Close-up and Macro Photography Tutorial

Close-up and Macro Photography Tutorial
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Photography is much more than using the rule of thirds. Many photographic styles require special tricks and know-how you pick up from just simply shooting. Here are a few of my favourite tips for taking close-up and macro shots.
More of Leigh Cavanaugh’s photography can be found on Instagram: @leighcavanaugh

LEFT: This photo was taken in Scotland on the Isle of Skye. More specifically, the grounds surrounding Armadale Castle, the ancient home of clan Donald.
1 – Use Negative Space:
Often it isn’t so much the subject matter but the space around the subject that captures a viewer’s attention. Try visualizing this negative space as a part of your composition when shooting and use it to create interesting crops.
2 – Find Naturally Occurring Colours:
Still-life comes fully equipped with a wide array of patterns and colours, look for these elements and try to capture them in a manner that emphasizes that one special feature.
ABOVE: The photo of the tulip was taken during winter, believe it or not. Allan Gardens has a great year-round centre open to the public.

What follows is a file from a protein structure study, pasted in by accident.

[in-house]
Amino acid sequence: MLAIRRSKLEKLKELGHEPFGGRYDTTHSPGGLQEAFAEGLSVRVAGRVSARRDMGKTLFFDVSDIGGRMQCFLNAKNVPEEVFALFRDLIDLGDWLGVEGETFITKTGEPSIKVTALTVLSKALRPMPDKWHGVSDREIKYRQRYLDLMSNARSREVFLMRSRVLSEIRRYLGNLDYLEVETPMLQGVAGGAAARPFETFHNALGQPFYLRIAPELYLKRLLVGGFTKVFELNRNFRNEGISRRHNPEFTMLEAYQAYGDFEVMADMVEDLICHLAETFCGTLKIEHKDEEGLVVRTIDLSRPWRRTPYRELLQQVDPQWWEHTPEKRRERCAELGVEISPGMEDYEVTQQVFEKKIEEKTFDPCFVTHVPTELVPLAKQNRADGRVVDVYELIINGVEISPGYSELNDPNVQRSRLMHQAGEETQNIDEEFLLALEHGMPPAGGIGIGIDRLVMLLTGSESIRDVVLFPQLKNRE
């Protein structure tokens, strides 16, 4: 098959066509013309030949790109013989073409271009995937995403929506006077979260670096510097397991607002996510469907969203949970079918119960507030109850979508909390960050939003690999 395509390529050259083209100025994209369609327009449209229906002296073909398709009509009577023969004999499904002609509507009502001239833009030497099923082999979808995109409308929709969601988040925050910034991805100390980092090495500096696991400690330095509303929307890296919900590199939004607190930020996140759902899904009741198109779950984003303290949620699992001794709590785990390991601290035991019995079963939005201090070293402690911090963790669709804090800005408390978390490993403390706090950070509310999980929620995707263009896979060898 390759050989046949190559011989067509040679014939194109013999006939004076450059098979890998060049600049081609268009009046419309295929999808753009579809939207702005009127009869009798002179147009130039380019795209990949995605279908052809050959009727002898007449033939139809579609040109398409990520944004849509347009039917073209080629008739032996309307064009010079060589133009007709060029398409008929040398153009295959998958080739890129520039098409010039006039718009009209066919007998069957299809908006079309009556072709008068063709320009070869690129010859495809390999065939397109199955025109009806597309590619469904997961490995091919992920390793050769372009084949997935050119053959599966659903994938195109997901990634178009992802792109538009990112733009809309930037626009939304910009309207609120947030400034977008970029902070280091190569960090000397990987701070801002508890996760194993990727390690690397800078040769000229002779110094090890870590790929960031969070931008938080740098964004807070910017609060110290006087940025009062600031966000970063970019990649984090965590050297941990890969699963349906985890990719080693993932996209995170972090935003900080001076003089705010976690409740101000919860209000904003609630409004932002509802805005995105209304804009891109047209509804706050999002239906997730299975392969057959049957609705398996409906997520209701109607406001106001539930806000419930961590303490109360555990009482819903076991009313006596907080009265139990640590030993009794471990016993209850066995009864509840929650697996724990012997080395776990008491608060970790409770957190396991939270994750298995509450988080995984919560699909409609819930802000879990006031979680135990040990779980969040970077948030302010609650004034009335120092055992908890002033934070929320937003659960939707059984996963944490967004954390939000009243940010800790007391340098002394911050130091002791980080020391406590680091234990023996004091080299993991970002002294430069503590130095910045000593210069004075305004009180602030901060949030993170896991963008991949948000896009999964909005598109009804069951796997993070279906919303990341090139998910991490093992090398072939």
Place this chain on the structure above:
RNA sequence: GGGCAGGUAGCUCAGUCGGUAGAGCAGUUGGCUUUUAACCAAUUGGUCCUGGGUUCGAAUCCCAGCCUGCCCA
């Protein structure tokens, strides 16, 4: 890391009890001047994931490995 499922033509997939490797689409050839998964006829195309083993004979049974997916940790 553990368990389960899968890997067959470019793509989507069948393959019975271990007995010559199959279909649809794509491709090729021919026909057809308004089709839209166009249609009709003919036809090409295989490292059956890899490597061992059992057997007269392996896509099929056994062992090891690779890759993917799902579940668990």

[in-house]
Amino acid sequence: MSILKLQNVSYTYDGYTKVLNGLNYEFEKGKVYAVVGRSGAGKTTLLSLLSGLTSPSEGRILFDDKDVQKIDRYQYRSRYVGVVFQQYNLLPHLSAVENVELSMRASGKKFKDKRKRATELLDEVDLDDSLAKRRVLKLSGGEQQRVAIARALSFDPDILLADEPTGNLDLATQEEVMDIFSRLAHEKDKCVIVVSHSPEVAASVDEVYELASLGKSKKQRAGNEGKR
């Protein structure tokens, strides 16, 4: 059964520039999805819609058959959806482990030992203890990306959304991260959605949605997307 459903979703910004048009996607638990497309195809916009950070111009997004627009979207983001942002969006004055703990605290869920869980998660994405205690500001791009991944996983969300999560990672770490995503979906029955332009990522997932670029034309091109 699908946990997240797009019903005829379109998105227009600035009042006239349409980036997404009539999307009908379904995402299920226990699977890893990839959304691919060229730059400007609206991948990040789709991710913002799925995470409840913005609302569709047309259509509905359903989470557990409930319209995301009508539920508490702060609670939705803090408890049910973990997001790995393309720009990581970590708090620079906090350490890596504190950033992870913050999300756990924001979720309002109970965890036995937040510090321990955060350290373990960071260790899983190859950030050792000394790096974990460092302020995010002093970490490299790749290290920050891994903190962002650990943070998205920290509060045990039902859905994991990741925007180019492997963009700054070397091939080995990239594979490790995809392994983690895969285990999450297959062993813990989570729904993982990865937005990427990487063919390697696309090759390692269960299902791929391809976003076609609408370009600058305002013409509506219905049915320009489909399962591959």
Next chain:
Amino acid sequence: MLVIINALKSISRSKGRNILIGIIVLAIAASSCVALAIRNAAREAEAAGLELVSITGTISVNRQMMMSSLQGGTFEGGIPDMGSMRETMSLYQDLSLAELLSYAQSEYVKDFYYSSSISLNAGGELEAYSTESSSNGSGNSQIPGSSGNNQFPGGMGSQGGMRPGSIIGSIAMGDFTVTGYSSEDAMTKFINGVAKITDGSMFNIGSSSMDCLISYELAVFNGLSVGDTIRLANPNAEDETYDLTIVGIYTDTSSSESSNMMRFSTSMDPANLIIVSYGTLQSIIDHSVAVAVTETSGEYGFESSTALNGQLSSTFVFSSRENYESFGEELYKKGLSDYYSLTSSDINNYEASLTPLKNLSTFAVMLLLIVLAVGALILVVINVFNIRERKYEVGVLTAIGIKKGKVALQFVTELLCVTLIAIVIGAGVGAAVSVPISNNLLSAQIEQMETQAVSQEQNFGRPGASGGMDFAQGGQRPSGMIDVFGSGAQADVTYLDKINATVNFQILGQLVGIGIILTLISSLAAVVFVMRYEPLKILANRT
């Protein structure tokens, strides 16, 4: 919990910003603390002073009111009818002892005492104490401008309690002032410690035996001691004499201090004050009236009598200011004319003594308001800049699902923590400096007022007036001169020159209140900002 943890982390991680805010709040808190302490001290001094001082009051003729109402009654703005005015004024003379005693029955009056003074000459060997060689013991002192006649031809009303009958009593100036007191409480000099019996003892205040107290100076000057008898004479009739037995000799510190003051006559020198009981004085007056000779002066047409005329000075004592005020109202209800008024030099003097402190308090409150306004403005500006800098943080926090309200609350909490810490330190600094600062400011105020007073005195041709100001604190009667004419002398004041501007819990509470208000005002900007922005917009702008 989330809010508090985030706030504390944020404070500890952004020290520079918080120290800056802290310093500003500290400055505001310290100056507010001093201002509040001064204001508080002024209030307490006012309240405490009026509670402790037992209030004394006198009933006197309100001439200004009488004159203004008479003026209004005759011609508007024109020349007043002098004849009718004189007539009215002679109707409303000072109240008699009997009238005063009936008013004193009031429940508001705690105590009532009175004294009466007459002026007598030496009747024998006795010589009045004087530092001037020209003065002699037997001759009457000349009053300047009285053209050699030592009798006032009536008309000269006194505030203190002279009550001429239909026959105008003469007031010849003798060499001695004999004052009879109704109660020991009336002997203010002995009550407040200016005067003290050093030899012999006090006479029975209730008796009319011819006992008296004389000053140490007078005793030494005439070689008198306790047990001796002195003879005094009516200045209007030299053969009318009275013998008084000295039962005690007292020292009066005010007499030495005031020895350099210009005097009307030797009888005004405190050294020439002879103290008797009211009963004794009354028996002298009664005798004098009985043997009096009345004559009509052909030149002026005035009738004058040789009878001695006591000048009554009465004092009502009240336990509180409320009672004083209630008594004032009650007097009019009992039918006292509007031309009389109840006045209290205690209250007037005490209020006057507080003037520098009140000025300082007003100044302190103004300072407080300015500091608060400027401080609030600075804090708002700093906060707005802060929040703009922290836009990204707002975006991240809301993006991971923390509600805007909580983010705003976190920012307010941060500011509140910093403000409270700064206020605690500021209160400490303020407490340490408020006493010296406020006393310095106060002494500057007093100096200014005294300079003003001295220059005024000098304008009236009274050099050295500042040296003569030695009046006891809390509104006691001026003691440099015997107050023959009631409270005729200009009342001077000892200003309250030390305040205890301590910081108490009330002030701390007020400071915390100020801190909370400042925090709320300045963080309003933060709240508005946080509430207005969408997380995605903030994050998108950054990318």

BELOW: Having grown up in Toronto, I don’t view the city as the most interesting place to photograph. So I try to go outside this perspective and view my surroundings with a new light. The photo is of an art installation in the Distillery District.
3 – Look for Unique Light Play:
Lighting is a key element in any photograph, but it’s not just about how the light shines on something, but what it looks like going through an object. Getting close can allow you to capture all the refractions and subtle nuances not seen otherwise.
4 – Wait for the Moment:
Sometimes the right photo moments present themselves to you and other times you need to wait for them. The seasonal cycle is a great photo opportunity, but it will take a while to come around again if you miss that perfect shot. As soon as you see something of interest make sure to capture it right away.
LEFT: Ice formations have always been interesting macro shots, paired with winter’s blue tones it creates a lush visual.

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